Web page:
At least 30 people have died and thousands have been forced to evacuate their homes as storms and heavy rainfall continue to lash Central America, according to local officials, with the constant downpours flooding rivers, destroying homes, triggering landslides and cutting off entire communities.

Salvadoran authorities on Friday said the death toll had now reached 19, among them six children, while over 3,000 people remain in temporary shelters.

“We must save people’s lives,” Luis Amaya, who heads El Salvador’s civil protection agency, told reporters Friday. “Material goods come and go, but now we must focus on protecting lives.”

Guatemalan authorities on Friday reported 10 deaths, nearly 11,000 people evacuated, close to 380 still in temporary shelters, 300 severely damaged damage and four bridges destroyed.

Neighboring Honduras meanwhile reported 1 death and over 1,200 people evacuated – some 300 in the last 24 hours. They said the rains had cut off 180 communities and destroyed 22 houses.

In Mexico, authorities forecast strong rains across most of the country and torrential downpours across sections of the Pacific and Atlantic coasts, as well as further inland, bringing lightning, strong winds, possible hail and flooding around rivers.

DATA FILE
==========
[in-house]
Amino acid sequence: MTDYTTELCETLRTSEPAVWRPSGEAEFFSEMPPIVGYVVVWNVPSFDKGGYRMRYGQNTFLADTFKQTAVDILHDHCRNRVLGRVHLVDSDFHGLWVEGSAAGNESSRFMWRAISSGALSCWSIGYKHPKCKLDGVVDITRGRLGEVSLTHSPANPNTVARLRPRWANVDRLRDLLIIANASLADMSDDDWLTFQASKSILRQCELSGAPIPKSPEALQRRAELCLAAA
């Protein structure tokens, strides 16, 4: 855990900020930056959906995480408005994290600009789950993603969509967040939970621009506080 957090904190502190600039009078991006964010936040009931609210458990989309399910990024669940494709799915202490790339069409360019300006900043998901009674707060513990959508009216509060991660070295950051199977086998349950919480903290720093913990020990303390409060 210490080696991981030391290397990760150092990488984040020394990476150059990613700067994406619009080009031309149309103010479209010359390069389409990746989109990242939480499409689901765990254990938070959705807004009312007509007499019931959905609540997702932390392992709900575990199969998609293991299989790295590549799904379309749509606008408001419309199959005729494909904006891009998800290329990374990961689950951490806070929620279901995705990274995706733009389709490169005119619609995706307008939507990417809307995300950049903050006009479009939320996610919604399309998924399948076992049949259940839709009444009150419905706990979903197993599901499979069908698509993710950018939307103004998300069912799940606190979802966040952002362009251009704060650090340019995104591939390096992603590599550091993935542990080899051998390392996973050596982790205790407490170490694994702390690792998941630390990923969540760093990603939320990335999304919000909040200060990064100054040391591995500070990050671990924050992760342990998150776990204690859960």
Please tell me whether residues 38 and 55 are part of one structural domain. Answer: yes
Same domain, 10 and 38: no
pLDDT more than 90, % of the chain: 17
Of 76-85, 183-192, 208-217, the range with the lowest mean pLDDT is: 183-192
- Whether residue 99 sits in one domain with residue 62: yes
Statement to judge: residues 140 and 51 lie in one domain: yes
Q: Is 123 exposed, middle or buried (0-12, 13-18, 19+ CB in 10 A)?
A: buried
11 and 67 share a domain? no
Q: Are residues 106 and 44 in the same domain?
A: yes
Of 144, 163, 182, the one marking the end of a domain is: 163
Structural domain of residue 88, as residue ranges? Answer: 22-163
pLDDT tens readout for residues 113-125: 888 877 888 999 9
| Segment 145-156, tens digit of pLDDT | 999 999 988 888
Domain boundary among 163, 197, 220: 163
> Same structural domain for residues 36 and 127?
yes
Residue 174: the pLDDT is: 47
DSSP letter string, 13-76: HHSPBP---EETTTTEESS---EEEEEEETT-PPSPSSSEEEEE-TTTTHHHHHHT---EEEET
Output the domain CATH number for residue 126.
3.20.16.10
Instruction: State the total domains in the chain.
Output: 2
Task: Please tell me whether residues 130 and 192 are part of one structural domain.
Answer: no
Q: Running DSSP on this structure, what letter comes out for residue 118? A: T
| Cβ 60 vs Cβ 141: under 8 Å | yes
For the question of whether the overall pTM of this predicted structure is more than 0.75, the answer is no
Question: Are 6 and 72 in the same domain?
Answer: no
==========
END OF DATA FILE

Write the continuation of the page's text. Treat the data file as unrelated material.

The rains caused authorities to evacuate some 80 people from a children’s hospital in Oaxaca state on Thursday, but also brought welcome replenishment to drought-hit reservoirs across the country, currently at around a third of their capacity.

Mexico’s Conagua water authority warned of wind speeds of up to 70 kilometers per hour (44 mph) and waves of up 3 meters (10 ft) around the Gulf and Caribbean coasts. Equally strong winds on the Pacific side, it added, could cause possible tornadoes.

The rains were due to a low-pressure channels interacting together across much of the country, as well as a monsoon trough drawing in moist ocean air from well into the North Pacific, the U.S. National Hurricane Center said, boosted by remnants of Alberto, the Atlantic hurricane season’s first named tropical storm.

Alberto caused at least four deaths as it passed over north-east Mexico this week.

The U.S. National Hurricane Center predicted the heavy rainfall would continue through Friday across southern Mexico and northern Central America, bringing thunderstorms and showers as far south as Costa Rica and Panama into the weekend.